Local lawmakers feel that Governor J.B. Pritzker’s 2nd budget is too big on spending. 93rd District Representative Norine Hammond gave her mixed reactions to the address. “I believe there were a lot of good things in the governor’s budget proposal today. There were some things that I’m a little skeptical on. Putting money into a rainy day fund is a wonderful thing to do, but when you’re in your household and looking at a stack full of bills that are overdue; you certainly wouldn’t put money into a savings account, you would pay down those bills. I think that should be a priority for us certainly. It’s the time now for all of us as members of the General Assembly within our appropriations committees to sit down and start the work of crafting a balanced budget without any tax increases.”
100th District Representative C.D. Davidsmeyer says that Springfield needs to do more for taxpayers. “[Governor Pritzker] talked about all the savings he’s going to provide but he also talked about all the expansions. I think anyone who does basic math can understand that those two things don’t come together. The reality is the State of Illinois is lagging in the nation in economic growth. If it weren’t for the Trump tax cuts that brought an additional $1.4 billion last year and an additional $800 million this year, we wouldn’t be doing well at all. We need to focus on making our pension payments, paying off the old bills, and not expanding programs at this time.”
50th District State Senator Steve McClure took a more hostile tone to the governor’s address. He thinks that taxpayers are getting the brunt of more expanded spending. “Well, $1.6 billion in new spending. No sacrifices on the part of the governor or our government. Taxpayers are already angry and this is not going to help their concerns. The governor had asked for state agencies to come up with 6.5% reductions in spending and to utilize that. On top of that, we’ve got $650 million in new revenue, natural revenue growth. With those two together, as long as we’re willing to make some sacrifices, we don’t need – quite frankly – to implement new rates that are going to cause taxpayers in certain areas for their taxes to go up. The governor and the government needs to stop asking taxpayers alone to make the sacrifices.”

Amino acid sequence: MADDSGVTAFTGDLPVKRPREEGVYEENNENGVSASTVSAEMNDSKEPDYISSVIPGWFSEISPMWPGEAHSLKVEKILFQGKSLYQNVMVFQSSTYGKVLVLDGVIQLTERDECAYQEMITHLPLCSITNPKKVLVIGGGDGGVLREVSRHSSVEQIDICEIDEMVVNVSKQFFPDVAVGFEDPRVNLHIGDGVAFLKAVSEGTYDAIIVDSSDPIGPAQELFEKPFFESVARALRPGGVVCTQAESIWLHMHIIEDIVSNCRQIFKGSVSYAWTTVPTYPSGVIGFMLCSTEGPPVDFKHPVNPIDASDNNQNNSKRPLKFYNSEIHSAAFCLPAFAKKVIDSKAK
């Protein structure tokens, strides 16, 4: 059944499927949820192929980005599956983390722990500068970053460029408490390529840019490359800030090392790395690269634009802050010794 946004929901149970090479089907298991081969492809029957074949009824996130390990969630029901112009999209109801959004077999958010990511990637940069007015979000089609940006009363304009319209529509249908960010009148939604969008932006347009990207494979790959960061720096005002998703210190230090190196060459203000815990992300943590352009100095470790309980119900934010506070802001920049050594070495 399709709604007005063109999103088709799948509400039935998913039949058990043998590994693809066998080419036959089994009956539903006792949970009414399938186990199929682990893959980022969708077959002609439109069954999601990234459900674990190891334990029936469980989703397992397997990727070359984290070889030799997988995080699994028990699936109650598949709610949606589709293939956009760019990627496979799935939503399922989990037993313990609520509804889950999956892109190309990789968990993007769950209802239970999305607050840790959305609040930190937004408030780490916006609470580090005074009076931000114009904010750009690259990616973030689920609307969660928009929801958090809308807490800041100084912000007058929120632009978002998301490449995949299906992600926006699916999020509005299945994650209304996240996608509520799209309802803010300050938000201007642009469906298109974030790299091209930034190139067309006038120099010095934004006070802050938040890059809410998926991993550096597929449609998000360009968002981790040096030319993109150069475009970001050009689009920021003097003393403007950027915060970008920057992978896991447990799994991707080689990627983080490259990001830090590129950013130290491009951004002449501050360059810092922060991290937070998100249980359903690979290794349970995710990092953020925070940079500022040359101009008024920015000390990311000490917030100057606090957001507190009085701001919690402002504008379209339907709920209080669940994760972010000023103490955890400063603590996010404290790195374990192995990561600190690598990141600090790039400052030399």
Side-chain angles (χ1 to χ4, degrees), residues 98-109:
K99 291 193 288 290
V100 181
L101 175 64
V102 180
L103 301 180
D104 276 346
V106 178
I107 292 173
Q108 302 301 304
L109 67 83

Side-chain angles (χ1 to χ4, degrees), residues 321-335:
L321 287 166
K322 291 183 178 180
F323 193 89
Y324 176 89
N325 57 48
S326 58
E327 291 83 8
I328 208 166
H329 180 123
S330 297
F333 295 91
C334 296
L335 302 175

McClure and many of his Republican colleagues went on to rail against the bloated government and the idea of a possible income tax increase with the graduate income tax amendment this November. Other groups, like Illinois Primary Health Care Association, applauded the governor’s efforts to pay off the backlog of health care bills and ensuring essential funding to state programs. If voters approve the graduated tax, it would take effect Jan. 1 and generate an estimated $1.4 billion for the state through June 30, 2021, the end of the next fiscal year. If voters reject the graduated tax, adjustments will have to be made to Pritzker’s proposed budget. Members of the GOP and some groups around the state accused the governor of holding the state hostage to the graduated income tax’s passage.